Ruling Pakistan People's Party chief Asif Ali Zardari was on Saturday elected Pakistan's new president, securing a landslide victory in the elections.
As PPP lawmakers and workers shouted slogans like "Jeay Bhutto" (Long live Bhutto) and "Zinda hai Bibi, zinda hai" (Benazir Bhutto is alive), Chief Election Commissioner Qazi Muhammad Farooq announced that Zardari had secured 281 of the 436 votes cast by the two houses of Parliament.
According to the unofficial result declared by Farooq, Zardari's rivals lagged far behind -- Pakistan Muslim League-Nawaz candidate Saeed-uz-Zaman Siddique bagged 111 votes while opposition PML-Q leader Mushahid Hussain Sayed secured 34.
Ten votes were declared invalid.
The electoral college for the presidential poll comprises the Senate and National Assembly, the two houses of Parliament, and the four provincial assemblies. Zardari also swept polling in the assemblies of North West Frontier Province, Sindh and Balochistan.
The 53-year-old widower of slain former premier Benazir Bhutto secured 107 votes in the 124-member NWFP assembly. Siddiqui bagged 10 votes while Sayed got only three votes. Four votes were rejected.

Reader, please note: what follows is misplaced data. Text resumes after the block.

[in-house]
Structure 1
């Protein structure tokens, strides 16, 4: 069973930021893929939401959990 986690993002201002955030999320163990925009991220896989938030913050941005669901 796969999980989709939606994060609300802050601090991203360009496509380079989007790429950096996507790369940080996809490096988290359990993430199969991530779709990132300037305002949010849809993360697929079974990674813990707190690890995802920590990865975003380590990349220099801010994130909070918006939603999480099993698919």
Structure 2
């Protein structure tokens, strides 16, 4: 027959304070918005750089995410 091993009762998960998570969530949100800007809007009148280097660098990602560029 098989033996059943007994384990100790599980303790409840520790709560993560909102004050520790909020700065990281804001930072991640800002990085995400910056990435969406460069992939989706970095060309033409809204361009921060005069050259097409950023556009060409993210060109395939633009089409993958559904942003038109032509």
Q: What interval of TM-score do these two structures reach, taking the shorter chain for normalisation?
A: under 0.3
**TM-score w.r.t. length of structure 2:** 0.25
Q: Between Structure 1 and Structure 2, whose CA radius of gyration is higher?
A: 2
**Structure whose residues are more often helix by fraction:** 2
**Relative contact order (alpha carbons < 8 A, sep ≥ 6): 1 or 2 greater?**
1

In the 65-member Balochistan assembly, Zardari secured 59 votes while Siddiqui and Sayed bagged two each. In the 168-strong Sindh assembly, Zardari secured 162 votes.
Counting was still underway in the Punjab assembly, where Sharif's party commands a majority.
Each vote in the two houses of Parliament has a value of one, while the weightage of votes in the provincial assemblies is calculated with a complicated formula.
For example, the 107 votes polled by Zardari in the NWFP assembly will have a weightage of 56 votes. Zardari's daughters Bakhtawar and Asifa were among those who watched the counting of votes in Parliament.
When the result was declared, they shouted slogans along with PPP workers while Bakhtawar waved a portrait of Benazir Bhutto.
PPP workers broke into jubilation in the streets of cities like Lahore, Islamabad and Karachi.
The presidential election was necessitated by the resignation last month of former president Pervez Musharraf, who stepped down to avoid impeachment by the PPP-led coalition.
A week after his resignation, the PML-N pulled out of the alliance after accusing Zardari of reneging on promises to restore judges deposed during last year's emergency and to field a non-partisan candidate for the presidential polls.